The Kullu Valley’s spectacular alpine scenery makes it perfect for trekking. Trails are long and steep, but more than repay the effort with superb views, varied flora and the chance to visit remote hill stations. Within striking distance of several major trailheads, Manali is the most popular place to begin and end treks. While package deals (around ₹2500/person for three days with a group of four) offered by the town’s many agencies can save time and energy, it is relatively easy to organize your own trip with maps and advice from the tourist office and the Mountaineering Institute at the bottom end of town. Porters and horsemen can be sought out in the square behind the main street. Always take a reliable guide, especially on less-frequented routes, as you cannot rely solely on maps. Some trekkers have reported difficulties when descending from the Bara Bangal Pass, as maps don’t do the terrain justice.

The optimum trekking season is right after the monsoons (mid-Sept to late Oct), when skies are clear and pass-crossings easier. From June to August, you run the risk of sudden, potentially fatal snow, or view-obscuring cloud and rain. There are several good trekking agencies in Manali.

Manali to Beas Kund

The relatively easy trek to Beas Kund, a glacial lake at the head of Solang nala, is the region’s most popular short hike. Encircled by 5000m-plus peaks, the well-used campground beside the lake, accessible in two days from Manali, makes a good base for side-trips up to the surrounding ridges and passes.

From Palchan, a village thirty minutes north of Manali by bus, follow the jeep track up the valley to Solang, site of a small ski station, resthouse and the Mountaineering Institute’s log huts. The next two hours take you through pine forests and grassy meadows to the campground at Dhundi (2743m). A more strenuous walk of five to six hours the next day leads to Beas Kund. The hike up to the Tentu La Pass (4996m) and back from here can be done in a day, as can the descent to Manali via Solang.

Manali to Lahaul, via the Hampta Pass

The three-day trek from the Kullu Valley over the Hampta Pass to Lahaul, the old caravan route to Spiti, is a classic. Rising to 4330m, it is high by Kullu standards; do not undertake it without allowing good time to acclimatize. Day one, from the trailhead at Jagatsukh or Hampta (both villages near Manali) to the campground above Sethen, is an easy hike (4–5hr) up the verdant, forested sides of the valley. Day two (5hr) brings you to Chikha, a high Gaddi pasture below the pass; stay put for a day or so if you’re feeling the effects of altitude. The ascent (700m) on day three to the Hampta Pass (4330m) is gruelling, but the views from the top – of Indrasan and Deo Tibba to the south, and the moonscape of Lahaul to the north – are sublime recompense. It takes six to seven hours of relentless rock-hopping and stream-crossing to reach Chhatru, on the floor of the Chandra Valley. From here, you can turn east towards Koksar and the Rohtang Pass, or west past the world’s largest glacier, Bara Shigri, to Batal, the trailhead for the Chandratal–Baralacha trek.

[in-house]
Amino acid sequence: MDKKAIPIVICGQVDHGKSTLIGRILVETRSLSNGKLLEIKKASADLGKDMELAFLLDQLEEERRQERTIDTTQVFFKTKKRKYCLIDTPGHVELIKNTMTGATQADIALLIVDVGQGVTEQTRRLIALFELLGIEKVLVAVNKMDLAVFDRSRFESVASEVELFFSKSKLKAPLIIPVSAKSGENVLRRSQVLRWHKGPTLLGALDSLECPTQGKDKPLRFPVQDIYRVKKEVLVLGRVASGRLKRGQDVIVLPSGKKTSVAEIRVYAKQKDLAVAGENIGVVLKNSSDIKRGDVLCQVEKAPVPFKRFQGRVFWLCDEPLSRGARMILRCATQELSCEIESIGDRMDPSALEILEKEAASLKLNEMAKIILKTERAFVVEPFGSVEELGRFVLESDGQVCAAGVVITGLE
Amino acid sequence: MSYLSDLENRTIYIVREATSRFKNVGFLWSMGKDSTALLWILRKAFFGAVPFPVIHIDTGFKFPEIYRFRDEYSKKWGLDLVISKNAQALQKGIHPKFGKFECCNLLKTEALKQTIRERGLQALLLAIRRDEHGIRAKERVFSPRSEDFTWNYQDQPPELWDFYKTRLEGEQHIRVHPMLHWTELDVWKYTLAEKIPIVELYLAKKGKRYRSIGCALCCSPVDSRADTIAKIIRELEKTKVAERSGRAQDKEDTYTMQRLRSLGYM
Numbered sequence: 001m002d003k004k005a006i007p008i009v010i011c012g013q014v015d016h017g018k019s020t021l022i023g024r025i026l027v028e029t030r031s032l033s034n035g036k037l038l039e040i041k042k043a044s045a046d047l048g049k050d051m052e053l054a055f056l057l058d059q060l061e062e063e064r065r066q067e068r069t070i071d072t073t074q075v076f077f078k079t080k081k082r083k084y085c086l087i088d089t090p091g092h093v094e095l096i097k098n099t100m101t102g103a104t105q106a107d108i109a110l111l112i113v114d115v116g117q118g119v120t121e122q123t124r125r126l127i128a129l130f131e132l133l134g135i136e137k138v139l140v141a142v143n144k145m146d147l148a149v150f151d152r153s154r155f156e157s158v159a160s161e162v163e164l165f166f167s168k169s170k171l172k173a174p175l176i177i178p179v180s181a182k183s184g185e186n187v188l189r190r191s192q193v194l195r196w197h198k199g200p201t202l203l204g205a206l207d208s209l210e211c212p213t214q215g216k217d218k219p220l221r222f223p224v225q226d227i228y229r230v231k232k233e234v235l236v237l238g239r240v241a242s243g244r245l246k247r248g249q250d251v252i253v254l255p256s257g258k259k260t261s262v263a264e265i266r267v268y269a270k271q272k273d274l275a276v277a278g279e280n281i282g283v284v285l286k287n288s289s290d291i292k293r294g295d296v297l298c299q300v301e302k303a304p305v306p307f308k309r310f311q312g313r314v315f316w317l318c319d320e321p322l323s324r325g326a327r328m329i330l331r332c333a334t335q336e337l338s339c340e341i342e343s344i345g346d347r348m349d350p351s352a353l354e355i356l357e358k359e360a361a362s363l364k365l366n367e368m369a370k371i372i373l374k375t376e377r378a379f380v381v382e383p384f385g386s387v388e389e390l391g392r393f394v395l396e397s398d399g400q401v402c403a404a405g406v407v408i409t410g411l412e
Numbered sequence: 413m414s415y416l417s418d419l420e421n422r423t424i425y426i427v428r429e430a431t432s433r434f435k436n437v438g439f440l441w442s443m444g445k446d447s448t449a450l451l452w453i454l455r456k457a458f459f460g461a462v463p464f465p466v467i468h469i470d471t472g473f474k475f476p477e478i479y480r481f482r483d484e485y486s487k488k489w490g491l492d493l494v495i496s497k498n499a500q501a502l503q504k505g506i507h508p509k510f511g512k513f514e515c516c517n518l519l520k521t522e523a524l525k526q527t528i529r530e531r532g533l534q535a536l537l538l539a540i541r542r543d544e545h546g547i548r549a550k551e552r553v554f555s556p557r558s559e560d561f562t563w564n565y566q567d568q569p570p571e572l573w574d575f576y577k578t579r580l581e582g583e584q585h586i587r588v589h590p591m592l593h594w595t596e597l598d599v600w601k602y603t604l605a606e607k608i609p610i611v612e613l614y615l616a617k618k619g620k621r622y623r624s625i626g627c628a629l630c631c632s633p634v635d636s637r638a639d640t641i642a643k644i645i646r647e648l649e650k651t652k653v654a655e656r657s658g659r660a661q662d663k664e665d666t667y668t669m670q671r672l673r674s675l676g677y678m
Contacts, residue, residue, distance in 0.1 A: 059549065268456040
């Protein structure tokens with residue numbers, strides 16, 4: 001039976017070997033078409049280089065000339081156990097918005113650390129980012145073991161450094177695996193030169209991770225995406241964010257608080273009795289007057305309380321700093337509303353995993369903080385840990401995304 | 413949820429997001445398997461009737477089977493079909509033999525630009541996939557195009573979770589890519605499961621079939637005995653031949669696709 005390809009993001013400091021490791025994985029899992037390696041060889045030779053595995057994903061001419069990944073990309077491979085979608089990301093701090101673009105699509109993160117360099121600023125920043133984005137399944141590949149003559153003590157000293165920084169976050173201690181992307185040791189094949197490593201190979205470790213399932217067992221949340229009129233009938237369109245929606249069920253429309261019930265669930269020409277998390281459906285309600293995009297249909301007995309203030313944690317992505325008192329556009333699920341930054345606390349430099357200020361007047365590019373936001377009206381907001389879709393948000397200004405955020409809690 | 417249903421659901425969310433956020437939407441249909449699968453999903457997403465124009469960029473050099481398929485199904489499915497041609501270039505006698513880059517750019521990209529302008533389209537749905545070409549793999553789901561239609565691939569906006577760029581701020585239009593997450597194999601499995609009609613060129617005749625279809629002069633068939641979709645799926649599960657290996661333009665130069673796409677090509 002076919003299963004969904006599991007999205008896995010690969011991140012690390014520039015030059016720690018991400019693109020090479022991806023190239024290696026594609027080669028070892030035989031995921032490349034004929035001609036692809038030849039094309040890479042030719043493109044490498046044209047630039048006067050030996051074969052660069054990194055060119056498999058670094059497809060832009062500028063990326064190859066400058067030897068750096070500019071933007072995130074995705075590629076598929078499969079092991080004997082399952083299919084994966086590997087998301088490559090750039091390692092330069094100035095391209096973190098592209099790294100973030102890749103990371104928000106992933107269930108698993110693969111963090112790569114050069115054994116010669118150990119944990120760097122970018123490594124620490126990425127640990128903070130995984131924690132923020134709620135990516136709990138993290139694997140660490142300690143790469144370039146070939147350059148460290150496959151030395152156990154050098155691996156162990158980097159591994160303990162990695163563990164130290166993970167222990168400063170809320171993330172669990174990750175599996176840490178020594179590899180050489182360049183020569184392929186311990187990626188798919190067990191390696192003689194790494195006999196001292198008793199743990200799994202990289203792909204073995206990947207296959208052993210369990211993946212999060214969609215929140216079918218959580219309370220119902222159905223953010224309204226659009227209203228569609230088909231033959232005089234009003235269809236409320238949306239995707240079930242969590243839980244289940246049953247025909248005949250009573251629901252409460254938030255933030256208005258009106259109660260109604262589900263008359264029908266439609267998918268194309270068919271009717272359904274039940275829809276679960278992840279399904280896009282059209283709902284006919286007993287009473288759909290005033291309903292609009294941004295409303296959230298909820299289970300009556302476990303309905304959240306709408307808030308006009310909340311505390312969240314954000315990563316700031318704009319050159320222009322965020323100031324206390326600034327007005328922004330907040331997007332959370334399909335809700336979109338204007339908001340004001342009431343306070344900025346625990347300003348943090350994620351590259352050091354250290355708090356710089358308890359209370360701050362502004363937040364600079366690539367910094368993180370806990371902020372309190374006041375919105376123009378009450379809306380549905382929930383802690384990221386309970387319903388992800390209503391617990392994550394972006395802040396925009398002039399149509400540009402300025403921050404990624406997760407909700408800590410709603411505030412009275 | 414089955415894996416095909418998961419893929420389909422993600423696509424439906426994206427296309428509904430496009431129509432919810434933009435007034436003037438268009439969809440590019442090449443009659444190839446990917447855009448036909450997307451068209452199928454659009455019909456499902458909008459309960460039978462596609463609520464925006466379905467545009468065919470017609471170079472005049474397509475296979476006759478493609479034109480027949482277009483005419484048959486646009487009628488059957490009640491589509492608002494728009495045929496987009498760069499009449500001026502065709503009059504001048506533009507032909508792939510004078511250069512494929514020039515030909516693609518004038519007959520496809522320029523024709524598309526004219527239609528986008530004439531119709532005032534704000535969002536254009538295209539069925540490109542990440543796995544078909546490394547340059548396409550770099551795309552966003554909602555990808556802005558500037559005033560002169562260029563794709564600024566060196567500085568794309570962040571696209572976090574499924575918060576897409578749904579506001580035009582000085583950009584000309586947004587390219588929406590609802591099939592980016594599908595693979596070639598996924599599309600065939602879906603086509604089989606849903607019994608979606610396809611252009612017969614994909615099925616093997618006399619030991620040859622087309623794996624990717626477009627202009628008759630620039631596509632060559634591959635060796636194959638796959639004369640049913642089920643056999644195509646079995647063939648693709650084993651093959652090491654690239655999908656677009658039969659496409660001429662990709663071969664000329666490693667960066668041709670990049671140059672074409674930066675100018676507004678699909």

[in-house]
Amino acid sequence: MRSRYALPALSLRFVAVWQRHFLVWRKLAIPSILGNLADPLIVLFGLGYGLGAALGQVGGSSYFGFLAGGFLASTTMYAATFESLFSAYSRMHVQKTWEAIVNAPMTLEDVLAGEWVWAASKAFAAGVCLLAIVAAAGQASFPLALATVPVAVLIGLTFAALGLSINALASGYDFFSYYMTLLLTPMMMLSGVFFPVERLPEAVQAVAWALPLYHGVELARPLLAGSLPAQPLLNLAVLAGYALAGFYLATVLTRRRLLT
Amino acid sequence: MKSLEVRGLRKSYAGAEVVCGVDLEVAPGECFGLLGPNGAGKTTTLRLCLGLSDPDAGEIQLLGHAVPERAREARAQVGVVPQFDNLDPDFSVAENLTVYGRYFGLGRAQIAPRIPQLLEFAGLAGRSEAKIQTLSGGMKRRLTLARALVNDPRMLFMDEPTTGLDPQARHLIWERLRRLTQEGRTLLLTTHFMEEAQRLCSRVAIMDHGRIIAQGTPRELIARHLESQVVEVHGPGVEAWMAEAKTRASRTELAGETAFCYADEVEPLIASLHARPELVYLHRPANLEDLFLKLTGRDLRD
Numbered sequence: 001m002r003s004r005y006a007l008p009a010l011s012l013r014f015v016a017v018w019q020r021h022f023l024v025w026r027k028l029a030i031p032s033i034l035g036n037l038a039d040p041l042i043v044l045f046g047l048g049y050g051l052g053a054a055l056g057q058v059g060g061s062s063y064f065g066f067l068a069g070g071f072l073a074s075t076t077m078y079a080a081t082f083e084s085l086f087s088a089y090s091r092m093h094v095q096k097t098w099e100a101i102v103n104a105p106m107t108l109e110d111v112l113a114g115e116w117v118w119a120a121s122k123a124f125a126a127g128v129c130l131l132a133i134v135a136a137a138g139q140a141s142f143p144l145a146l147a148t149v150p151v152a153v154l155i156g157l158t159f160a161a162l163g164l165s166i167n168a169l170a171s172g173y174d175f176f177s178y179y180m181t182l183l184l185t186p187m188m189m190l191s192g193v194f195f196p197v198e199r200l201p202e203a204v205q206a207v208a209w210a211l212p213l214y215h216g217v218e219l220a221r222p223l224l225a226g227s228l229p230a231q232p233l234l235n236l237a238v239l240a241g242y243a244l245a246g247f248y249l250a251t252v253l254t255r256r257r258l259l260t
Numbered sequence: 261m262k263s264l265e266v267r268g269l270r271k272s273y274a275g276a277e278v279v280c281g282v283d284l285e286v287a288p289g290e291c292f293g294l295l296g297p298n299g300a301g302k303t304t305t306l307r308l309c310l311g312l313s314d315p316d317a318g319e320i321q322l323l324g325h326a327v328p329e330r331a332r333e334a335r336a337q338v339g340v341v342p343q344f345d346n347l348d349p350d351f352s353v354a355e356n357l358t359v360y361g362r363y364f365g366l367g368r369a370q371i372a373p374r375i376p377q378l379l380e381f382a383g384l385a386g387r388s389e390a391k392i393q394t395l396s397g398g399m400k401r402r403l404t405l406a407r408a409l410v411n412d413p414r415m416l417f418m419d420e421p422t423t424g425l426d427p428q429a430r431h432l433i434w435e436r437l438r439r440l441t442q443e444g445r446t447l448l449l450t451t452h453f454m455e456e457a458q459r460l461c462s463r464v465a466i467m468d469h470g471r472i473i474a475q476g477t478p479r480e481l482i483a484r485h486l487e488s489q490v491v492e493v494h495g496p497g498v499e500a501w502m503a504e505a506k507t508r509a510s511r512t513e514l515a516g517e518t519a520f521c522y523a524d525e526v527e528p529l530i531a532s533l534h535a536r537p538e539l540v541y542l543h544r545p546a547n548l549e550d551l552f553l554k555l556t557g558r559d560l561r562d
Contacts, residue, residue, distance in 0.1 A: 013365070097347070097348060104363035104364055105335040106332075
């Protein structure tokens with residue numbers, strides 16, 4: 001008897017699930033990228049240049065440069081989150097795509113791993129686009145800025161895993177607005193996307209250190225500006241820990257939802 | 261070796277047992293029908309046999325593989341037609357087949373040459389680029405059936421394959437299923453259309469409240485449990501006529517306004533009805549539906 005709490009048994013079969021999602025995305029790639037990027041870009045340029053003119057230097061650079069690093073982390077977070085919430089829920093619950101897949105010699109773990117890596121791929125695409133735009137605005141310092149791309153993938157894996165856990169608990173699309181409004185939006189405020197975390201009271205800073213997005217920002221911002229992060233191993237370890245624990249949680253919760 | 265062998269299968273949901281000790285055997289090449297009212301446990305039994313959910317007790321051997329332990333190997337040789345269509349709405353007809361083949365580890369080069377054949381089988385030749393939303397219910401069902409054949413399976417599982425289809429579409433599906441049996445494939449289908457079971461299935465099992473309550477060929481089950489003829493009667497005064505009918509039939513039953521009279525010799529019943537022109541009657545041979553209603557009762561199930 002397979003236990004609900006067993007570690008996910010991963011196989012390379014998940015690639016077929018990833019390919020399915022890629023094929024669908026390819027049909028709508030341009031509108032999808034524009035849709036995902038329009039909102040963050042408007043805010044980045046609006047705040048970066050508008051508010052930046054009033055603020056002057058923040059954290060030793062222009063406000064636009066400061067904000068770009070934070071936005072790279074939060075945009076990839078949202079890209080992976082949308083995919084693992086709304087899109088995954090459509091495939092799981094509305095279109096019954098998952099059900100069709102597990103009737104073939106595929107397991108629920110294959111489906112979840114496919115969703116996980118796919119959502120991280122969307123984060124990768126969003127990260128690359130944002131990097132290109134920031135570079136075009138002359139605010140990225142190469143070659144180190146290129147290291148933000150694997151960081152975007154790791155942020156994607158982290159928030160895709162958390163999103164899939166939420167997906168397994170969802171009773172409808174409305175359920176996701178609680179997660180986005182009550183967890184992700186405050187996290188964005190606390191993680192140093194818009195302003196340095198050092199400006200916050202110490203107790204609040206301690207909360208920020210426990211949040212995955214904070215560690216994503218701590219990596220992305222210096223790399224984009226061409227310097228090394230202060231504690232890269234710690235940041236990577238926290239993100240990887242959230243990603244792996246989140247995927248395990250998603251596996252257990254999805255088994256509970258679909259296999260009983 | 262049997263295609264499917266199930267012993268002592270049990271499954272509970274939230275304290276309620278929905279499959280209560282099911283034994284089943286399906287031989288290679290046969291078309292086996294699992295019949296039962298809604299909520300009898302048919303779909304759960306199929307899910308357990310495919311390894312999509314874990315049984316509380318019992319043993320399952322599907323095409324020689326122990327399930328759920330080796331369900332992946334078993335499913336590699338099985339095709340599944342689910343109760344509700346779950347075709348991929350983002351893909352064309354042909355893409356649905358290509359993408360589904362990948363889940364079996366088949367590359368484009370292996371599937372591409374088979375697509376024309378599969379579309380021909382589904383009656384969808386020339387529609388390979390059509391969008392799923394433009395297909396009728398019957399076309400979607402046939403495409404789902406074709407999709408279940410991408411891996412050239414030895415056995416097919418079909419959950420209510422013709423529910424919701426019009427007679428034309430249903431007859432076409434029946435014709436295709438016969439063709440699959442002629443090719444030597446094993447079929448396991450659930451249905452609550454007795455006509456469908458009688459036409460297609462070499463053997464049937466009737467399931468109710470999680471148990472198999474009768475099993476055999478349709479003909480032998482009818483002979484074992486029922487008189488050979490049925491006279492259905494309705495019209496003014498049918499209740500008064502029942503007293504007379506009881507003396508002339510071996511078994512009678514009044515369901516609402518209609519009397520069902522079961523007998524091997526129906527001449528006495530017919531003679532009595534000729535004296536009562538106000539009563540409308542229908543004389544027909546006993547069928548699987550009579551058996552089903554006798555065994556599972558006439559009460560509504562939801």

Naggar to Malana via the Chandrakhani Pass and onwards

The trek to Jari in the Parvati Valley from Naggar, 21km south of Manali, is quintessential Kullu Valley trekking, with superb scenery and fascinating villages. The round trip can be completed in three days, but you may be tempted to linger in Malana and explore the surrounding countryside. A guide is essential for several reasons: the first stage of the trek involves crossing a maze of grazing trails; Malana is culturally sensitive and requires some familiarity with local customs; and a number of people have disappeared in the Parvati Valley in recent years under suspicious circumstances. The descent to the Parvati Valley is too steep for pack ponies, but porters are available in Naggar through the guesthouses.

The trail leads through the village of Rumsu and then winds through wonderful old-growth forests to a pasture just above the tree line, which makes ideal camping ground. From here, a climb of 4km takes you to the Chandrakhani Pass (3660m), with fine views west over the top of the Kullu Valley to the peaks surrounding Solang nala and north to the Ghalpo mountains of Lahaul. Some prefer to reach the base of the pass on the first day and then camp below the final ascent.

The inhabitants of Malana, a steep 7km descent from the pass, are known for their frostiness and staunch traditions. Plans by regional developers to extend a paved road here are vehemently opposed by the insular locals. Although notions of caste pollution are not as strictly adhered to as they once were, you should observe a few basic “rules” in Malana: approach the village quietly and respectfully; stick to paths at all times; keep away from the temple; and above all, don’t touch anybody or anything, especially children or houses. If you do commit a cultural blunder, you’ll be expected to make amends: usually in the form of a ₹1500 payment for a sacrificial offering of a young sheep or goat to the village deity, Jamlu, one of the most powerful Kullu Valley gods. His temple, open to high-caste Hindus only, is decorated with lively folk carvings, among them images of soldiers – the villagers claim to be the area’s sole remaining descendants of Alexander the Great’s army.

The final stage of the trek takes you down the sheer limestone sides of Malana nala to the floor of the Parvati Valley – a precipitous 12km drop that is partially covered by a switchback road. From the hamlet of Rashol, you have a choice of three onward routes: either head east up the right bank of the river to Manikaran; follow the trail southwest to the sacred Bijli Mahadev Mandir; or climb the remaining 3km up to the road at Jari, from where regular buses leave for Bhuntur, Kullu and Manali.

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